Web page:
Wednesday, June 12, 2013

12 Pack


When I used to work in group-homes back when I was in college, every Friday night we would go pick the folks up at the workshop and we'd go help them get their workshop paychecks cashed.  We'd be in the van, picking up 8 people.  I remember some of their names:  Elel, Betty, Welby, Janice.  This was like 24 years ago.  Damn.  But I remember them in my head getting into the van with their checks in their hands, very excited about cashing them so they could go to the Wal-Mart and get their pop.

"Pop" was the word of the evening.  I kid you not.  It was vitally important, especially for this one guy, Tony.  He was kind of bent over with a melted Elvis face, and he wore a uniform to the sheltered workshop not because he had to (they didn't have uniforms for the people who went to the sheltered workshop), but because he demanded it.  The maintenance people (employees who weren't labeled with a disability) at the workshop wore uniforms, and Tony pitched a fit so they let him buy himself a set just to keep the peace.  He had two uniforms eventually for rotation purposes.  He was a very serious person.  He always seemed to be thinking of ways to disassociate himself from the group.  We always went everywhere together, so it is totally understandable:  8 people with developmental disabilities, 2 staff, in a big van.  To the bank, out to eat, bowling, to the park, and like this evening after going to the bank, making that vital pit-stop at Wal-Mart.

We all walked into the store, and all of us went to the beverage aisle, and Tony automatically got a shocked look on his face.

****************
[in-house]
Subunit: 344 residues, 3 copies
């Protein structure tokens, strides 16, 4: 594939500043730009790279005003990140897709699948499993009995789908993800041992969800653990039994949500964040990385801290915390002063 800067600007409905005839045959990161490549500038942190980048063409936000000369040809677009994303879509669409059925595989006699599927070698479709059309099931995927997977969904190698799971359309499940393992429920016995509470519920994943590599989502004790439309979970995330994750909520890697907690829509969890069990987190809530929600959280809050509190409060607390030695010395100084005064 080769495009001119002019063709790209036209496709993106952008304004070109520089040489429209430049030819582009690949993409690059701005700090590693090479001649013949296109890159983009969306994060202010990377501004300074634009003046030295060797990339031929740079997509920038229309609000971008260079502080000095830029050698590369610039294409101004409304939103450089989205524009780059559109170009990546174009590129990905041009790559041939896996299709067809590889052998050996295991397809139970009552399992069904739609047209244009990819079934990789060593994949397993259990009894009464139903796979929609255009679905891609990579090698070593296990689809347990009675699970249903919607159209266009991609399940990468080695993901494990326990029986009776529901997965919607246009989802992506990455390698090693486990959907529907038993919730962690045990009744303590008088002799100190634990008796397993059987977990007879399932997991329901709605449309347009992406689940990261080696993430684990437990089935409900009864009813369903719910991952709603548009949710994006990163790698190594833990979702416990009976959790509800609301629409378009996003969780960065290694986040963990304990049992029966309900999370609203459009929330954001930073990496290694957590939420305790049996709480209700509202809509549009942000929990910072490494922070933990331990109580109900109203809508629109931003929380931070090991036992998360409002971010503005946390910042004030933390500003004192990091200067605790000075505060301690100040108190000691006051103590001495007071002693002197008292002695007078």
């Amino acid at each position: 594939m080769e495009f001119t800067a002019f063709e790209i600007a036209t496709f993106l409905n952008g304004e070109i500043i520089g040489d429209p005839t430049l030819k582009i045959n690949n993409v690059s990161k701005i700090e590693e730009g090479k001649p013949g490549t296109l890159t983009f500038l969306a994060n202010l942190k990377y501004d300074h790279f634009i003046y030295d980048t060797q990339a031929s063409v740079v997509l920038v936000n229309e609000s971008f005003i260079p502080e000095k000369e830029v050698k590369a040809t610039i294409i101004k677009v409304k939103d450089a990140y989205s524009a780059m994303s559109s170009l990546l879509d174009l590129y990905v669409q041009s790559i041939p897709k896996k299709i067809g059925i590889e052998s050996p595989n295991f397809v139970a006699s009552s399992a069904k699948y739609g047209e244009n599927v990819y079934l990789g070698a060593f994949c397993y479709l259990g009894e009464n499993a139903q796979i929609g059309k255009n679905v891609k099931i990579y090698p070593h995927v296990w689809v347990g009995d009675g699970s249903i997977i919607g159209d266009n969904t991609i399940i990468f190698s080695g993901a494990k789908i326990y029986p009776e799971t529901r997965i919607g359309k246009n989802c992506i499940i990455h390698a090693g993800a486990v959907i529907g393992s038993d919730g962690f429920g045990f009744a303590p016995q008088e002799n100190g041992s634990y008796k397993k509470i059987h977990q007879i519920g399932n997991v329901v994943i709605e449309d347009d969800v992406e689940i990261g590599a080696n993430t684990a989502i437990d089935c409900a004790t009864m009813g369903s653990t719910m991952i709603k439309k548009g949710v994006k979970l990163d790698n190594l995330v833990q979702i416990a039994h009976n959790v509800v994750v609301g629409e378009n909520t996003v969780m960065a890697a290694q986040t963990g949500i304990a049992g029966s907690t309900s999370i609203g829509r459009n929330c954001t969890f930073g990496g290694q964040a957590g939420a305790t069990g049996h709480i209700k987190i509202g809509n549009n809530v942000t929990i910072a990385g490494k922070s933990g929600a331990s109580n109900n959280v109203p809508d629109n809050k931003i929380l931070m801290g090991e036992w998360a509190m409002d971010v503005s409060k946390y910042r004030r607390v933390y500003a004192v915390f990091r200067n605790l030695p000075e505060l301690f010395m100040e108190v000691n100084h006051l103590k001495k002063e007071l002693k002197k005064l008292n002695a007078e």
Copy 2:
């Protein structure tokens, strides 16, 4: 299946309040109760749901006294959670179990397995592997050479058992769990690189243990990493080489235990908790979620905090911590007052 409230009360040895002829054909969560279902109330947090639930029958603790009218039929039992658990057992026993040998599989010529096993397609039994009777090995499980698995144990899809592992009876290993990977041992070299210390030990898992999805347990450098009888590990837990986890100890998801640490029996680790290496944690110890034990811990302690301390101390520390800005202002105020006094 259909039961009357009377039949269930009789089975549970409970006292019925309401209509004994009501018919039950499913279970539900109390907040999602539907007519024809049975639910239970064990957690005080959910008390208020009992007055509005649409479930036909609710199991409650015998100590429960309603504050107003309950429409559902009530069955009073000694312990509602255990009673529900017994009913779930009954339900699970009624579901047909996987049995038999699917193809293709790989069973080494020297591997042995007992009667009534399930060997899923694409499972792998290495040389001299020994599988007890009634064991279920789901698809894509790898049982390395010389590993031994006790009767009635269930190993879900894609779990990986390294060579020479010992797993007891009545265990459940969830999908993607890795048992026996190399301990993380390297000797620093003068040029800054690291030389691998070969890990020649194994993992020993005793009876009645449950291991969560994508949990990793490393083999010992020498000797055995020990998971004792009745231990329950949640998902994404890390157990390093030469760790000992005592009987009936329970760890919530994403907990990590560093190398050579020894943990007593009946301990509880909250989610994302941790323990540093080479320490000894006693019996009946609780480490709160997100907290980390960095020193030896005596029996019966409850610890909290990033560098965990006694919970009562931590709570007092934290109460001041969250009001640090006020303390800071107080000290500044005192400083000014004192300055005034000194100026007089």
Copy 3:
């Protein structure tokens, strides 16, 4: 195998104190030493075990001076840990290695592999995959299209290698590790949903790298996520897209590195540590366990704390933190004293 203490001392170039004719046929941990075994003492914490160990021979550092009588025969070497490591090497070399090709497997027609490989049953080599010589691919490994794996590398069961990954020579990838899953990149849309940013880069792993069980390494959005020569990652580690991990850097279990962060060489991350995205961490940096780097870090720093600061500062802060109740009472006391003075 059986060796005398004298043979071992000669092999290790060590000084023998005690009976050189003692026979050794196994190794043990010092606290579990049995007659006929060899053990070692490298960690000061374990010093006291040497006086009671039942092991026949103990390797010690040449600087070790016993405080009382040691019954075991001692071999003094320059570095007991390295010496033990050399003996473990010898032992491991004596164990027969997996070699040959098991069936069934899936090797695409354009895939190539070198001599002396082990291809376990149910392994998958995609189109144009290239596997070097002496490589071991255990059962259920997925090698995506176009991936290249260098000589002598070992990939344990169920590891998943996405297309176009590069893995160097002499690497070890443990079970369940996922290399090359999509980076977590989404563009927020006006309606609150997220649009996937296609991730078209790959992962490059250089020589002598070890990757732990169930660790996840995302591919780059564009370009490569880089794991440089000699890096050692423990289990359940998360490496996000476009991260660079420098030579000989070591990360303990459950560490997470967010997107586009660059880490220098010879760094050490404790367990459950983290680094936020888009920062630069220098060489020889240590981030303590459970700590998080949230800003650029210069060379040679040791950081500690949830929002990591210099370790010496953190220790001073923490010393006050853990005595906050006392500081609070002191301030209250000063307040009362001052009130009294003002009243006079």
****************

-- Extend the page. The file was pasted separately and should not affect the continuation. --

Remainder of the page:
"My pop," he said.  His voice was low-pitched and as a serious as a judge's.  "My pop."

The shock turned into anger real quick.

The 12-pack of red pop he normally purchased on Fridays wasn't in its normal place.  All the other folks had gotten theirs, but Tony walked around, searching out the red pop he always bought.  There were a couple other kinds of red pop, but not his brand.  He started to cry.  Not secret, inward tears, but large guttural ones.  Here was a dude in a janitor outfit, slumped over, with buzz-cut salt-and-paper hair sobbing in the Wal-Mart because they didn't have his 12-pack of red pop.

I know exactly how he felt.  What did William Carlos Williams once write?  "So much depends upon a red wheelbarrow."  Etcetera.  So much depends upon a 12-pack of red pop, it is beyond description.  The other staff person, a morbidly obese lady who really seemed to think of herself as "in charge," talked to Tony in a stiff professional but kind of motherly manner.  I stayed with the other guys on the other side of Wal-Mart.  They were subdued.  They had seen Tony do stuff like this before.  He was totally defeated.  The staff person had to walk Tony out of the Wal-Mart and counsel him in the van.  I went ahead and got him a replacement 12-pack, but he never drank any of it I don't think.

He survived.  But that moment sticks in the my head because I knew right then, in that store, what life was about, witnessing that outburst.  I was 24-years-old.  Working my way through college.  Trying to become a writer or whatever, but for some reason I felt inspired by Tony's desperation and disappointment, not because it was funny or weird or eccentric or wrong, but because it was so intensely human. 

He had counted on one thing, that one goddamn thing, and it was gone.